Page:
May You Feel Peace


In southern India, my traveling companions and I stumbled upon an intriguing dilapidated building just bursting 
with goodies: statues of all description, rustic-antique furniture, paintings, this and that, everything tempting beyond reason.
Two of us could not resist some very crumbling, aged statues of 
Indian Deities.
We waffled back and forth, "no we can't get them home"..."well, we will never see these again."
"what should we do?"  The winner:
I purchased four, my companion...can't recall but she definitely packed some home.

These statues have a  rather interesting history. America in the 40's and 50's enticed women to purchase certain products and with the purchase was given a premium or gift. An example would be today's collectible green glass.  Well who knew, in India there was something similar. We learned that these marvelous, old statues were also a "gift with purchase." This bit of information from our sales woman was all it took to "entice" us to buy.

Besides displaying our Indian statues in our home, I wanted to set up a few photo shoots. The following is one.





There is quite a difference isn't there?
Here are a few steps that I took to move the original photo to textured completion.
I took dozens of photos with the statues, oranges, hornet's nest and dried leaves.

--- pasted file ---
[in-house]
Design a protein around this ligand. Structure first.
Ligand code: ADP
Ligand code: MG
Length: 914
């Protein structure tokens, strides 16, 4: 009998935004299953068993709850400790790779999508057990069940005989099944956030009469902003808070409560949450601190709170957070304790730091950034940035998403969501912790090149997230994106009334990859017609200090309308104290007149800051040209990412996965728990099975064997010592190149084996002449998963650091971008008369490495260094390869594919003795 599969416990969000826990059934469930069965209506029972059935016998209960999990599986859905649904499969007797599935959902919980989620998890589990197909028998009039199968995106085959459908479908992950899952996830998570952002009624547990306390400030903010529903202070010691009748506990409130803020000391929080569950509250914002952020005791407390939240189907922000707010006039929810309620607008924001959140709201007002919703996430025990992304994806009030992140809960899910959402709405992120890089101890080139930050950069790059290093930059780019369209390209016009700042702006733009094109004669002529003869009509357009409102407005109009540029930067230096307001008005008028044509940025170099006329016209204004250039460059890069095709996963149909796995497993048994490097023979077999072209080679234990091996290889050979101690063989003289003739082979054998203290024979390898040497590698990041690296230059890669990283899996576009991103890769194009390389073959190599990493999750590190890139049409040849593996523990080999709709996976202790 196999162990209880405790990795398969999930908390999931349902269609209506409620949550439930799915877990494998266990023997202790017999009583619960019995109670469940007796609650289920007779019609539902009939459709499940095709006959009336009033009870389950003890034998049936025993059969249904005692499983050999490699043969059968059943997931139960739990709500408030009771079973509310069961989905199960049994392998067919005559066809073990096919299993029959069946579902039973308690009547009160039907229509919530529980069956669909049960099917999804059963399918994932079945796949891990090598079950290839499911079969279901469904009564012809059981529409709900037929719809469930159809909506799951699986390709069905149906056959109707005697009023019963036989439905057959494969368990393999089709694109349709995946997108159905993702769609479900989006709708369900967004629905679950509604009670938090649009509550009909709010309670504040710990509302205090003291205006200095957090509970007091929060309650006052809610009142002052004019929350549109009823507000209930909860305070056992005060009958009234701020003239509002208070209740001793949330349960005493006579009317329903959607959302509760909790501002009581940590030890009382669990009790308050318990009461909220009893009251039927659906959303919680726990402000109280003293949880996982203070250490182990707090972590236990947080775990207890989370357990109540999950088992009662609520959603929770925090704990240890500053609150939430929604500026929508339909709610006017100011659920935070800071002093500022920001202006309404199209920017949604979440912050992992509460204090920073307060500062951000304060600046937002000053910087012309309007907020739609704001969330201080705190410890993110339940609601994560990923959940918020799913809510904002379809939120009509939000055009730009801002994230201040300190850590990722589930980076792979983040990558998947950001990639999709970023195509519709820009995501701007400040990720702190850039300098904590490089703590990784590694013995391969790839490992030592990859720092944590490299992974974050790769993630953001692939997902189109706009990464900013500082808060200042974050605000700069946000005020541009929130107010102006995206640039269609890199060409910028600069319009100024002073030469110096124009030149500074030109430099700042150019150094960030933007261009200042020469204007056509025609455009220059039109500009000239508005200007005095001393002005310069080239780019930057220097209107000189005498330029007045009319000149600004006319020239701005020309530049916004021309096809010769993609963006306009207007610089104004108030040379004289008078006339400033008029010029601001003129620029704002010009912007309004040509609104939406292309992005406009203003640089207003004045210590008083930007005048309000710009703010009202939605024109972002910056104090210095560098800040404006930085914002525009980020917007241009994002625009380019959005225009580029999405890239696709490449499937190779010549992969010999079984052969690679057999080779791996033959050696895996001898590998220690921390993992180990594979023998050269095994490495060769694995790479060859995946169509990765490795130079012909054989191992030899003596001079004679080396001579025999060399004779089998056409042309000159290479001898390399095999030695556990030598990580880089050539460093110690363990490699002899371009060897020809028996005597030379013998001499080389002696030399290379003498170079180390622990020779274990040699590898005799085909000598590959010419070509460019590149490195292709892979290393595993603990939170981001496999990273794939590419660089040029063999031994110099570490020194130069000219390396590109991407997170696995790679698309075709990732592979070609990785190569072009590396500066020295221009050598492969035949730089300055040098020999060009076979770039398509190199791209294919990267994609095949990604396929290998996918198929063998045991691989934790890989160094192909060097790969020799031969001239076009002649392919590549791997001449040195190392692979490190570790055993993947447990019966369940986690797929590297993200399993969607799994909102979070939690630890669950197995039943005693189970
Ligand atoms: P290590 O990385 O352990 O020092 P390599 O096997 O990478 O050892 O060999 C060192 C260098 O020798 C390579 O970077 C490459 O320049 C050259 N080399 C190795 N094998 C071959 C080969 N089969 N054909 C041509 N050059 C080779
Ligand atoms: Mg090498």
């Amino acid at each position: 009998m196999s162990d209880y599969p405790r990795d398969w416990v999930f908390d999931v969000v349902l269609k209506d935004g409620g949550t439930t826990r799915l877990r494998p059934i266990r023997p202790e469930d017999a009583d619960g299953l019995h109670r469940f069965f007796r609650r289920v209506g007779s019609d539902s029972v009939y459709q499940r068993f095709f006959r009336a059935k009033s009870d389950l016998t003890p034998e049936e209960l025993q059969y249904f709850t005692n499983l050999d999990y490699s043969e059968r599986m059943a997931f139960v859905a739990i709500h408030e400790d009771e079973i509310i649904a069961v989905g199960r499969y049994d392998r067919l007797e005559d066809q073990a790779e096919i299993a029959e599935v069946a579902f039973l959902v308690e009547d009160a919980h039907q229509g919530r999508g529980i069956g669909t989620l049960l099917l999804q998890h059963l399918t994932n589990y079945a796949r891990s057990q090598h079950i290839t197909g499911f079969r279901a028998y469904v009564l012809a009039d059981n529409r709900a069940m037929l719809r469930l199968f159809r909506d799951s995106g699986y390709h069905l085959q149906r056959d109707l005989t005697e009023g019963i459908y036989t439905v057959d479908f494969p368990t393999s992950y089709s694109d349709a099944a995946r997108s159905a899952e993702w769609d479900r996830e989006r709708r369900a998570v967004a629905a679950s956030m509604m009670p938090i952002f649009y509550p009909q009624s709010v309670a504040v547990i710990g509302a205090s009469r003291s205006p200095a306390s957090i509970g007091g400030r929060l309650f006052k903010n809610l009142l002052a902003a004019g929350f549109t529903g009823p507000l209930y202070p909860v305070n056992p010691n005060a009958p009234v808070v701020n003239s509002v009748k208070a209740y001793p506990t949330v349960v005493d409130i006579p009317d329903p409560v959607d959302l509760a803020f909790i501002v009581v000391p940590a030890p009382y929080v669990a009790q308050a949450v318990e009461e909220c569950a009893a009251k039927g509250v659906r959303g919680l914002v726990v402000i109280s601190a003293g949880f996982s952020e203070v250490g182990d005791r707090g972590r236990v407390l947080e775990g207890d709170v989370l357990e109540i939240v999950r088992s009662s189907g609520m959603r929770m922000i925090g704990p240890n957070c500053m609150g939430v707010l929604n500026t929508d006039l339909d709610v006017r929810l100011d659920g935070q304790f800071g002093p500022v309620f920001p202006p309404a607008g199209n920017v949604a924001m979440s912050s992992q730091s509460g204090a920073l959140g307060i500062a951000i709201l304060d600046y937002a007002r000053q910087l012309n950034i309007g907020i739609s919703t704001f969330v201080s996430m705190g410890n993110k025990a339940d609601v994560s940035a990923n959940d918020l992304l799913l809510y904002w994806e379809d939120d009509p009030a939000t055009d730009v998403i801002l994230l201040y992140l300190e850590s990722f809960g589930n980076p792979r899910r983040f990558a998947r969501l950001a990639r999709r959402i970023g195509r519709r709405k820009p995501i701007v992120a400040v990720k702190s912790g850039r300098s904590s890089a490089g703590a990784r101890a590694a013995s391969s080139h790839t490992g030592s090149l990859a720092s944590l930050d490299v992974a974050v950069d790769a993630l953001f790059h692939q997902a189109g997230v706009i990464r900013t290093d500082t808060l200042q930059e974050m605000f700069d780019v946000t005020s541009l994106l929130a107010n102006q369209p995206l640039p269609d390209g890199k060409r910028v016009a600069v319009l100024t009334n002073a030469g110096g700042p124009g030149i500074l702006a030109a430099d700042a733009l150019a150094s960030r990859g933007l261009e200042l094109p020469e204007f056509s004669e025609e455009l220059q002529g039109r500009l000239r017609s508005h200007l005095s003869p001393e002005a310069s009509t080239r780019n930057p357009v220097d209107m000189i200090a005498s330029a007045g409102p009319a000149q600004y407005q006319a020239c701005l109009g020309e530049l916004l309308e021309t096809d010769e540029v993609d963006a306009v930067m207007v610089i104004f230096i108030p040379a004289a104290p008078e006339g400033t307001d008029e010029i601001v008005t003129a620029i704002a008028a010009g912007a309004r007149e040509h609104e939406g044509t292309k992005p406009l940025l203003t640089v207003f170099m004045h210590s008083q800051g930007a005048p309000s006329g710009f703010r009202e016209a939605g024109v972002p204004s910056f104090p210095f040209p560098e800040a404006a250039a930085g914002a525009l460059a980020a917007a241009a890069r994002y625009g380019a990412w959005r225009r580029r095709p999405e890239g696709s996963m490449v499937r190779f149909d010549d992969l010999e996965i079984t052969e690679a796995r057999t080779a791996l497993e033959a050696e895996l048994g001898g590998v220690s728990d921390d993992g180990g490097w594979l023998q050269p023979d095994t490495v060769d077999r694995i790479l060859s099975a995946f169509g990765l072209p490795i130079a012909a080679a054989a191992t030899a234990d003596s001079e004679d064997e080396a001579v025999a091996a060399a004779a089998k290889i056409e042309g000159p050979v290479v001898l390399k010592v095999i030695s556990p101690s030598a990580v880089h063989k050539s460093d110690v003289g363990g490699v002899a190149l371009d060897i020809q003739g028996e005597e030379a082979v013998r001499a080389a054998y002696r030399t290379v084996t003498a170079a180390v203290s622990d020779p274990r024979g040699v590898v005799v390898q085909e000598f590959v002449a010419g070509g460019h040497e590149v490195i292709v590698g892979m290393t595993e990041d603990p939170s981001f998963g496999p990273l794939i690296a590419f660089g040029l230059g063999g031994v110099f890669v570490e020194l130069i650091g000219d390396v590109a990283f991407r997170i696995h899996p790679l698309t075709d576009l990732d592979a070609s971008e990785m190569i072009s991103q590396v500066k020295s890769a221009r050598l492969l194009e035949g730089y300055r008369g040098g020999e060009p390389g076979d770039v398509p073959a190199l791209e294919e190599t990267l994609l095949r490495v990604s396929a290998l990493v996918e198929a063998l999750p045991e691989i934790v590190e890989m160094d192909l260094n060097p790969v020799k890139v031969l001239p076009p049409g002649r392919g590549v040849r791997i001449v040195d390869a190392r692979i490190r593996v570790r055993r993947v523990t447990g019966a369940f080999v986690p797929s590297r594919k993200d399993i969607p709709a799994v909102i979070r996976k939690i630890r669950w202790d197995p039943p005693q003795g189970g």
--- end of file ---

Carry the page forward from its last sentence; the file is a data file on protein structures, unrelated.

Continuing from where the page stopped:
Never, never once did I notice the label left on the orange!!!!!  So that was the first step to
remove the label.
The top half of the background was brushed with an "oil brush" designed by Melissa Gallo to paint the background in several shades of ochre so that it was unified.
The same technique was used to paint shadows on the white cloth.
Next I played with words and warping....this was a test of patience!
Time to apply textures. I used two of Kim Klassen's textures 
# 0801 and 2801. Each was adjusted differently: soft light and screen.
Adding the last texture, which has a grunge appearance, I removed the dark grunge color from the statues and high lighted the oranges.

I now feel Peace to have completed this project and wish the same for you in those things you choose to do. And may you always remove labels.......







Comments

seabluelens said…
Sharon, your little Indian statues are charming. I can see why you found them irresistible. Your processing and the added textures really suit the subject well.
bgottsab said…
Love the story behind these colorful statues. Your still life is beautiful in its combination of objects and its composition. And I like the post-processing - it adds another layer of interest to the final result.
EarlK said…
Wonderful statues. I may be weird, but I like the orange with the label. To me it emphasized the old statues as a give away from old and the new oranges and the way they are sold today.